I've been meaning to document the outcome of my Thanksgiving cooking adventures for a few days now, but just keep forgetting.
Although we initially had decided on the 'buy a fully cooked turkey approach', the closure of the local Honeybaked store in Sunnyvale led Young and I to try cooking it ourselves. I called up Whole Foods about a week in advance, and put in an order for a small (10-12 pound) fresh turkey.
I picked up the turkey Tuesday evening before Thanksgiving, and let it sit in the fridge overnight. Wednesday early evening, I placed the turkey, two gallons of water, two cups of kosher salt, and a few handfuls of ice cubes into a cooler. I left the cooler in the corner of the kitchen.
The next morning, I placed a small bag of mesquite wood chips in a bowl of water and left them on the counter.
I let the turkey sit in the brining solution until about 1pm on Thursday. After pouring off the water, removing the neck and giblets, I patted the turkey dry. I put the rotisserie skewer through the middle of the turkey as best I could. I used paper clips to secure the wings to the side of the breast. I used a set of paperclips strung together to secure the legs to the rotisserie skewer in the rear.
I turned on the grill, setting all burners to high to warm it up. After about 15 minutes, I turned one burner off, set the other to medium, removed the grilling surface to make room, and placed my oven thermometer in the corner.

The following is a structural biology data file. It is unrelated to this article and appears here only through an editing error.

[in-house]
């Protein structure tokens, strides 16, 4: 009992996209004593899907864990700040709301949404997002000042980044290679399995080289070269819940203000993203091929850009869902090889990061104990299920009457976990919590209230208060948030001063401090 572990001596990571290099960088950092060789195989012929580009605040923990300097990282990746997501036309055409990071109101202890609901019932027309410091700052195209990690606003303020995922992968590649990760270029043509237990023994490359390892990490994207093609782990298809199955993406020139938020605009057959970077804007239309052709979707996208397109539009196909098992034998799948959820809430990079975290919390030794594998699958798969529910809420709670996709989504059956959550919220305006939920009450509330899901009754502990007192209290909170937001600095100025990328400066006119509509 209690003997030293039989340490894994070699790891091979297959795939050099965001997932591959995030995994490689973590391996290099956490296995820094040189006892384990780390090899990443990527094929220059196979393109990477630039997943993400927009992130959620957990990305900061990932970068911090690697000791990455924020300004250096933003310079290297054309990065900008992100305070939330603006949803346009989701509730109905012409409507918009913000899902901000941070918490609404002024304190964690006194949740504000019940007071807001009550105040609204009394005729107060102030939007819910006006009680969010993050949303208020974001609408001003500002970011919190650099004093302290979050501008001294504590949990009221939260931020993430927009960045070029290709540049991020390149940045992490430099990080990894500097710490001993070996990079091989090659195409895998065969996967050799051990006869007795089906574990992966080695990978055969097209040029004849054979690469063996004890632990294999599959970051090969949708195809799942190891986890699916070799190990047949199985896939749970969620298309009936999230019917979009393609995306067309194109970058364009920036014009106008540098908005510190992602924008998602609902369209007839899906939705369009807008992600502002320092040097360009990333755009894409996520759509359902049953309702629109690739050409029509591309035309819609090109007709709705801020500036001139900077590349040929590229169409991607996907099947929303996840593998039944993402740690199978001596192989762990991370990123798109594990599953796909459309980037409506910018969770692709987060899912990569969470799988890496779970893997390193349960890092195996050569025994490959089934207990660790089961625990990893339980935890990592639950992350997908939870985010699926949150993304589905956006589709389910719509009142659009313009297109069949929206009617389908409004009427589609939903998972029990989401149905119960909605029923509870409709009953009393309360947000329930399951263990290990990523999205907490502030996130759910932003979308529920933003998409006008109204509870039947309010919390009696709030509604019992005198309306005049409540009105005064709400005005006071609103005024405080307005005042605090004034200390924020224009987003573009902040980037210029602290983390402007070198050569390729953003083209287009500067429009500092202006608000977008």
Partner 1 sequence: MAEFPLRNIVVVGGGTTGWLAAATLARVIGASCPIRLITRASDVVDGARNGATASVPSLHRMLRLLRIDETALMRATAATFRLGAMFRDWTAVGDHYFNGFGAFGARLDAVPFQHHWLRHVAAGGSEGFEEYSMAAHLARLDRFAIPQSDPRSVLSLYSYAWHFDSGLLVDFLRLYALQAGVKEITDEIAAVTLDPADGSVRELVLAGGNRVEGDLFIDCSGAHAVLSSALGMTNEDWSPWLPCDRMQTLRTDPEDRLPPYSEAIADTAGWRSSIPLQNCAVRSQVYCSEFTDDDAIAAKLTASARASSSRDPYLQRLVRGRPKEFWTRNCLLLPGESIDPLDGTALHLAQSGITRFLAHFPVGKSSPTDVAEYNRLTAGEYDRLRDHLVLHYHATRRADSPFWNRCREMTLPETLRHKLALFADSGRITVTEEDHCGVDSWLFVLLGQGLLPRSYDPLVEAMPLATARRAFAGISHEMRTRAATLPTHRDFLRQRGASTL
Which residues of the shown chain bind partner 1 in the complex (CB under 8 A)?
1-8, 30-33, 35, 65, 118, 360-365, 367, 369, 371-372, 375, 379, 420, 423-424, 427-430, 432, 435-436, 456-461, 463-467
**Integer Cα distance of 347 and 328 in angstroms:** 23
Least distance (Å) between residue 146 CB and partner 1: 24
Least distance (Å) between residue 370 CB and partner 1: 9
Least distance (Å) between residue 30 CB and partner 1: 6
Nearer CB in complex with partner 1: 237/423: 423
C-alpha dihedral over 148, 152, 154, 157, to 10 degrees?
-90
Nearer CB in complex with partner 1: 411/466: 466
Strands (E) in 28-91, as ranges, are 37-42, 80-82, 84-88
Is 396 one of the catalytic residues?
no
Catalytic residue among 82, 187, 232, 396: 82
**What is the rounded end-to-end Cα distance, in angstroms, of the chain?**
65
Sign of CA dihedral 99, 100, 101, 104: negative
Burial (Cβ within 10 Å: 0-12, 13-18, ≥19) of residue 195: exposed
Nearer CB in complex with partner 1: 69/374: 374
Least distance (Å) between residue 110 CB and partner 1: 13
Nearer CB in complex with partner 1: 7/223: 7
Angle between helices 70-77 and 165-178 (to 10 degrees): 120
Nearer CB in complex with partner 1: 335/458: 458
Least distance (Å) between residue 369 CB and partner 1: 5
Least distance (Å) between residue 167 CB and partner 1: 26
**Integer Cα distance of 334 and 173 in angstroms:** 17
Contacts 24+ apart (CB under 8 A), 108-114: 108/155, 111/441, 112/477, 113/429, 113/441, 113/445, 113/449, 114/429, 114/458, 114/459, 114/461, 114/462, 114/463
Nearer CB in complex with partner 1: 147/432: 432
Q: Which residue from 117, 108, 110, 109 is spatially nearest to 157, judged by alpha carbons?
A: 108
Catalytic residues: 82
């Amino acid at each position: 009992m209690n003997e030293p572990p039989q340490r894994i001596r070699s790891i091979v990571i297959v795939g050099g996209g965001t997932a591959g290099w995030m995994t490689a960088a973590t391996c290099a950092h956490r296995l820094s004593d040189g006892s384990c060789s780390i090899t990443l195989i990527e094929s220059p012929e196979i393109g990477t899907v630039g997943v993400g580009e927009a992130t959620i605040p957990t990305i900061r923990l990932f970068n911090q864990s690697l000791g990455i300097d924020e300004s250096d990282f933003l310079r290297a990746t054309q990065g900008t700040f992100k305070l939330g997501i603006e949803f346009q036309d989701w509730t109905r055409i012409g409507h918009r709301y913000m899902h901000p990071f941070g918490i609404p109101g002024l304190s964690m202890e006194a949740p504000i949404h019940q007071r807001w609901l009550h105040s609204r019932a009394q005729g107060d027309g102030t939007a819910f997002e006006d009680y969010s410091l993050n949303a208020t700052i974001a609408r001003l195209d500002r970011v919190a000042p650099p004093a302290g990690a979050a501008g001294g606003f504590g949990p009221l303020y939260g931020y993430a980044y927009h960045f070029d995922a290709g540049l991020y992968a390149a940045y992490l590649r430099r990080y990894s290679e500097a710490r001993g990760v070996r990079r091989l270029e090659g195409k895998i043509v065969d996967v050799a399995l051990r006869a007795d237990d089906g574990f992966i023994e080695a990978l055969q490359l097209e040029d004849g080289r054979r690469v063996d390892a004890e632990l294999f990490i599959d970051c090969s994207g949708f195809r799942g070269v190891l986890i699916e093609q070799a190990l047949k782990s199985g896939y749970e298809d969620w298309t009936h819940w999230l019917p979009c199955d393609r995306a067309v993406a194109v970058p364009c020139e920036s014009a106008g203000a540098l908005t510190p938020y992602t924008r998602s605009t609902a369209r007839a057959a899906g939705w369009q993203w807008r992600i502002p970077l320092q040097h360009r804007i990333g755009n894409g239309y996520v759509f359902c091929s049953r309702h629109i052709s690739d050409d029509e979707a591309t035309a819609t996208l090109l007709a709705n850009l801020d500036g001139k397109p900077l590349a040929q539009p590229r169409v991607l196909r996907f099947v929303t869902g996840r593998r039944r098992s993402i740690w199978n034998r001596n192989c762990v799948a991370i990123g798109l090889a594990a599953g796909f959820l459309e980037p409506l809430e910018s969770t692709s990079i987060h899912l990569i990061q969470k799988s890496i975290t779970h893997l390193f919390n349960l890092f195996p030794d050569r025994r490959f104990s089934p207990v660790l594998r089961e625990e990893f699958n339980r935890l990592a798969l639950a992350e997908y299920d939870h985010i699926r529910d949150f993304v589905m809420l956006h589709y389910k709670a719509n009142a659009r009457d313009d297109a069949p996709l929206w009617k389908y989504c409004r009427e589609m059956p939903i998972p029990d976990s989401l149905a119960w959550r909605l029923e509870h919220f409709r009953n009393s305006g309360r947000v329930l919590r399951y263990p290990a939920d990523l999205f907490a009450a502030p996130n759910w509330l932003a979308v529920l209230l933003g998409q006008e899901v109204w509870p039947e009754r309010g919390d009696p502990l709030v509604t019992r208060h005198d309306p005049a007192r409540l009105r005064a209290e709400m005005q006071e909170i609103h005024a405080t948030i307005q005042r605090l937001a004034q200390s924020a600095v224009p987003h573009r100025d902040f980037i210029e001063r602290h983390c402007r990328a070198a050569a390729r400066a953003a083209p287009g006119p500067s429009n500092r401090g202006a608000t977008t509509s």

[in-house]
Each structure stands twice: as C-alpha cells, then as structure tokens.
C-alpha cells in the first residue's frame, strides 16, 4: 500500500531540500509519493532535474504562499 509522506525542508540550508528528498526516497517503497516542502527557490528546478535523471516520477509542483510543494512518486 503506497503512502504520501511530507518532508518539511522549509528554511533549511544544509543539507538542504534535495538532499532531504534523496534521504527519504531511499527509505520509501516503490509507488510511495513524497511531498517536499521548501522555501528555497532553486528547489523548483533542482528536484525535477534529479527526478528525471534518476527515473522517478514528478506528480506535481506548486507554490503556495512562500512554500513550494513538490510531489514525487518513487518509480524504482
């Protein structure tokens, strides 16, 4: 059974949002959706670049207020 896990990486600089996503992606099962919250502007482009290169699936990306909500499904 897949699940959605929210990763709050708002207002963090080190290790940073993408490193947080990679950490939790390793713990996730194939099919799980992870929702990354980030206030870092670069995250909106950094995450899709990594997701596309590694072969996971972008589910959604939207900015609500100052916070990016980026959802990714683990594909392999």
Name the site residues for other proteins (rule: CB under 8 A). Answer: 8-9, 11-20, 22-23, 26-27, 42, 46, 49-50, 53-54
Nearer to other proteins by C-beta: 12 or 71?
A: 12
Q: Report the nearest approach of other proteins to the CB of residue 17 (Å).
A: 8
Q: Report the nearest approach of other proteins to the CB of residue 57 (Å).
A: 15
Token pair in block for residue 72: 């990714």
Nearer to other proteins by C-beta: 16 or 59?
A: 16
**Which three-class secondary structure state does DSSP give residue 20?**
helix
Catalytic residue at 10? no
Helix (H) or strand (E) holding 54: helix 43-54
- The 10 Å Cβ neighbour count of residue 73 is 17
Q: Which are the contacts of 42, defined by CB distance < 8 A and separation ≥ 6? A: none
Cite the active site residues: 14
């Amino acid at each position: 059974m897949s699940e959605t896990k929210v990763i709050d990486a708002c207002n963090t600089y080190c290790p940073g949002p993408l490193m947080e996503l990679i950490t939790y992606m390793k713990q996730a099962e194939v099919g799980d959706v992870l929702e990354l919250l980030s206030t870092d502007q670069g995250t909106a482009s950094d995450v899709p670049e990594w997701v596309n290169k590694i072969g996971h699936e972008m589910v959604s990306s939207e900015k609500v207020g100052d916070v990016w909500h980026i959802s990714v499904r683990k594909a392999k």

While the temperature inside the grill equilibrated, I melted some butter in the microwave. I also placed the wood chips into the grill to start them smoking after transferring them to an aluminum dish and draining off the water.
A few minutes later, I carried the skewer-mounted turkey out to the grill and hooked up the rotisserie motor. The internal temperature had settled to about 325 degrees, which is just about right. After placing the turkey on the grill and turning on the rotisserie motor, I began to apply the butter using a small brush.
With the butter applied, I closed the lid and set my timer for 30 minutes. From that point on, I would only briefly lift the lid to check the grill temperature, making minor adjustments in order to keep the it between 300 and 350 degrees.
After two hours of this, I took my first temperature readings from the breast and thigh. Breast was at 150 and thigh at 160, telling me I had a little while to go.
At 2 hours and 30 minutes, the temperature readings came out just right: 173 in the thigh, and 165 in the breast.
I removed the turkey from the grill, removed the skewer, placed the turkey into a large roasting pan, covered it with foil, and placed it into the unheated oven to rest.
About an hour later, I removed the turkey from the over, and began the carving and serving.
- Skin was a wonderful golden brown, crispy and flavorful.
- All of the meat (breast, thigh, and wing), was perfectly moist and flavorful.
- The mesquite chips gave the meat a slight reddish color and a wonderful light smoky flavor.
- It takes two people and some needle-nose pliers (for working the paper clips) to properly secure the turkey to the rotisserie skewer. Make sure everything is as tightened down as it can be.
- Next time, I will probably use something like picture hanging wire to tie the legs to the skewer. Stringing paperclips together worked, but was not ideal. I still think that using paperclips to pin the wings to the breast worked wonderfully, and I will try that again.